Facebook just banned all ads for Bitcoin, cryptocurrency and ICOs… but ads for toxic pharma drugs are perfectly okay

As part of an ongoing effort to rid the platform of what it sees as questionable content, social media giant Facebook recently announced that it will no longer allow any advertising related to financial products and services, including anything associated with initial coin offerings and cryptocurrency.

The new policy states that its purpose is to prohibit “ads that promote financial products and services that are frequently associated with misleading or deceptive promotional practices,” which apparently covers advertising related to digital currencies like Bitcoin.

Listed as examples of what will no longer appear on user feeds are statements like, “Start binary options trading now and receive a 10-risk free trades bonus!” and “Click here to learn more about our no-risk cryptocurrency that enables instant payments to anyone in the world.”

As justification for the move, Facebook insists that its goal is to allow only “safe” ads to appear in the system. It’s all part of a much larger effort by the tech behemoth to crack down on so-called “fake news,” which supposedly spread via the platform throughout the 2016 election cycle.

“We want people to continue to discover and learn about new products and services through Facebook ads without fear of scams or deception,” the company wrote in its public announcement. “That said, there are many companies who are advertising binary options, ICOs and cryptocurrencies that are not currently operating in good faith.”

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Facebook resorting to prohibition tactics with sweeping bans on specific content

But aren’t there good companies out there offering ICOs and cryptocurrencies that aren’t scams or hoaxes, and that are operating in good faith? Sure there are. But just to be on the “safe” side, Facebook is prohibiting them all.

It might seem a bit draconian to some – especially those who are involved in the crypto world (whether with Bitcoin or one of its alternatives). But that’s the censorship model upon which Facebook of the future is apparently being built.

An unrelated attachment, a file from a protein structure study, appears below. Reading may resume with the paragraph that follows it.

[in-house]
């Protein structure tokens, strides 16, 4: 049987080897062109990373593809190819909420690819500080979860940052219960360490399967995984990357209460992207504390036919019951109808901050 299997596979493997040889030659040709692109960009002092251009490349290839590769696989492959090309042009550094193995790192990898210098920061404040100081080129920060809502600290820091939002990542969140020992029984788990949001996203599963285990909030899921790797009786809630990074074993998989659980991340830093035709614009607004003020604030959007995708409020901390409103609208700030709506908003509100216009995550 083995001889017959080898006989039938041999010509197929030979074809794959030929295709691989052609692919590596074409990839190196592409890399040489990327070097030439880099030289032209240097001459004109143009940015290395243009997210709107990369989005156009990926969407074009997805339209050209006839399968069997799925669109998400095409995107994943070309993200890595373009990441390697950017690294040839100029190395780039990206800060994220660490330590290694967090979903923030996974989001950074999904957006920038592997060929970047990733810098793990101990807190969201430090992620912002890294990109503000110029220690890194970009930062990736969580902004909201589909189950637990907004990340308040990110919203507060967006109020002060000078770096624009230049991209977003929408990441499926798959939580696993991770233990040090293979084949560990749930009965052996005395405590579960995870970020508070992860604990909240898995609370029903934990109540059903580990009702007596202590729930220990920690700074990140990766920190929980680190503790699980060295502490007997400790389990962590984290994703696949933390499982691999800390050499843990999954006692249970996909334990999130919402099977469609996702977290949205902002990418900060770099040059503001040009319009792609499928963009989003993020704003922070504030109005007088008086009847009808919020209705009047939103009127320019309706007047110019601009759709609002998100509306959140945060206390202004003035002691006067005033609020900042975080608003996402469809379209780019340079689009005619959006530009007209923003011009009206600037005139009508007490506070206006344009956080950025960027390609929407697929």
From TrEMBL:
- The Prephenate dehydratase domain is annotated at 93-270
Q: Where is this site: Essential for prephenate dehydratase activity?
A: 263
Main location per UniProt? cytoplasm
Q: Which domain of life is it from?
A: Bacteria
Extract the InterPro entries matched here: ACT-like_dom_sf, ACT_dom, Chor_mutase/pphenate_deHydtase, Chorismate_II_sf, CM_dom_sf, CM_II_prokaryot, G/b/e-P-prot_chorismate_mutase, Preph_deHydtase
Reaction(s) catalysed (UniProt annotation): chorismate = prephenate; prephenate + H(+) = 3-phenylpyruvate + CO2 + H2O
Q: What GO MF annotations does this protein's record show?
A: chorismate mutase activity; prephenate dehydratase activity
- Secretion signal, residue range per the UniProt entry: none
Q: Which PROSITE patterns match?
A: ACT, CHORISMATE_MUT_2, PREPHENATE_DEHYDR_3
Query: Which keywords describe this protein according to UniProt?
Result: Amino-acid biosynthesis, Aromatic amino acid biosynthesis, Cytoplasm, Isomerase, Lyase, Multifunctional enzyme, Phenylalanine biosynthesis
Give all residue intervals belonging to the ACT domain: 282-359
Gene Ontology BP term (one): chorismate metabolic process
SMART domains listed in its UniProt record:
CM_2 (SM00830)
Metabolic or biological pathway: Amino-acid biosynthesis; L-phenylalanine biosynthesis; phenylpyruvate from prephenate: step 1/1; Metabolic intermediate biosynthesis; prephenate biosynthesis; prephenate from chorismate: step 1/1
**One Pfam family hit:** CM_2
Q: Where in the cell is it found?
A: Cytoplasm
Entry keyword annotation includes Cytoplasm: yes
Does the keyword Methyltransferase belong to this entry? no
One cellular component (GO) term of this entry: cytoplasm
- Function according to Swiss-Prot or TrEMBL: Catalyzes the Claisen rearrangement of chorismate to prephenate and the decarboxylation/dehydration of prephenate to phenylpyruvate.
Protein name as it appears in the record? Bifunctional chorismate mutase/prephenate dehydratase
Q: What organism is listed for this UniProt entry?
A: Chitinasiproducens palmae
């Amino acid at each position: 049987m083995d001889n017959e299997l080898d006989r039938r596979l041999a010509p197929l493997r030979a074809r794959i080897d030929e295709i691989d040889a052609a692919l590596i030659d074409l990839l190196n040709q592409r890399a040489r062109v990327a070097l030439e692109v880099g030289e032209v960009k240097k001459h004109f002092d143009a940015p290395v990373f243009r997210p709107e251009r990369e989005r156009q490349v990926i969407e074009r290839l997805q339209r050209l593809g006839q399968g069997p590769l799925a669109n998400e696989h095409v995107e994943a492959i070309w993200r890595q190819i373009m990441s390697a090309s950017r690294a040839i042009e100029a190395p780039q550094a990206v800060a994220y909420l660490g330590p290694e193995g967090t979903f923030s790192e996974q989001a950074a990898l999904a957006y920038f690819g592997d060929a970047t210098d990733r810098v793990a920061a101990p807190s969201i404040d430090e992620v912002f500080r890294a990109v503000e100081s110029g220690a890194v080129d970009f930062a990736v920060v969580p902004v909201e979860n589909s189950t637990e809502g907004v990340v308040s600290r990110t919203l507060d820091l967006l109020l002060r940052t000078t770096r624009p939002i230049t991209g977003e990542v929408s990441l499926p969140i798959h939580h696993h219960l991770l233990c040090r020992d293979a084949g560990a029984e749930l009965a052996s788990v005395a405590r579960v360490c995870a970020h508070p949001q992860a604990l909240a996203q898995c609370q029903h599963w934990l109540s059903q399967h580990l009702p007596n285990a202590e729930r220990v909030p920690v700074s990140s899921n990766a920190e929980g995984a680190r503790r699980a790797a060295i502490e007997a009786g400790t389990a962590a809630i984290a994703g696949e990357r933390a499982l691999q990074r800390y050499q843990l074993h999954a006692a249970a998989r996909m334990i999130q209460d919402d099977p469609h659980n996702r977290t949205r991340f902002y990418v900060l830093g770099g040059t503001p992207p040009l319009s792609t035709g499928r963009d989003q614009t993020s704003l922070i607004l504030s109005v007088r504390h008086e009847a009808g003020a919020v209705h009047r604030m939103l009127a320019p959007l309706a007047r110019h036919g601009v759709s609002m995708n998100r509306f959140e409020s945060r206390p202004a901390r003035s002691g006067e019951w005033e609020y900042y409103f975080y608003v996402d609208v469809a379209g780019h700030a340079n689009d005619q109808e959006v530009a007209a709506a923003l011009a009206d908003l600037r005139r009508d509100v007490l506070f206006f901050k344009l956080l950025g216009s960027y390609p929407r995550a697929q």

“This policy is intentionally broad while we work to better detect deceptive and misleading advertising practices, and enforcement will begin to ramp up across our platforms including Facebook, Audience Network and Instagram,” Facebook insists. “We will revisit this policy and how we enforce it as our signals improve.”

Should a Facebook user still encounter advertising for crypto-related products, the platform is urging him or her (or one of the other 69-or-so gender options offered on Facebook) to notify the company immediately by clicking the upper right-hand corner of the ad and reporting it.

Signs already pointing to mass user Exodus from Facebook

Meanwhile, Facebook’s fourth-quarter statistics recently came out, and things aren’t looking good for the social media site. While earnings and revenues topped Wall Street’s expectations, use of the platform is seeing major declines.

Reports indicate that, for the first time ever, daily use of Facebook in the United States is actually shrinking – to the tune of about 50 million hours per day, according to Facebook CEO Mark Zuckerburg.

Much of this decline likely has to do with Facebook’s growing “Big Brother” presence, not to mention the fact that many people are likely realizing that use of the service is doing major damage to the fabric of social and civil society.

“In 2018, we’re focused on making sure Facebook isn’t just fun to use, but also good for people’s well-being and for society,” said Zuckerburg in a recent statement, attempting to stop the bleed. “We’re doing this by encouraging meaningful connections between people rather than passive consumption of content. By focusing on meaningful connections, our community and business will be stronger over the long term.”

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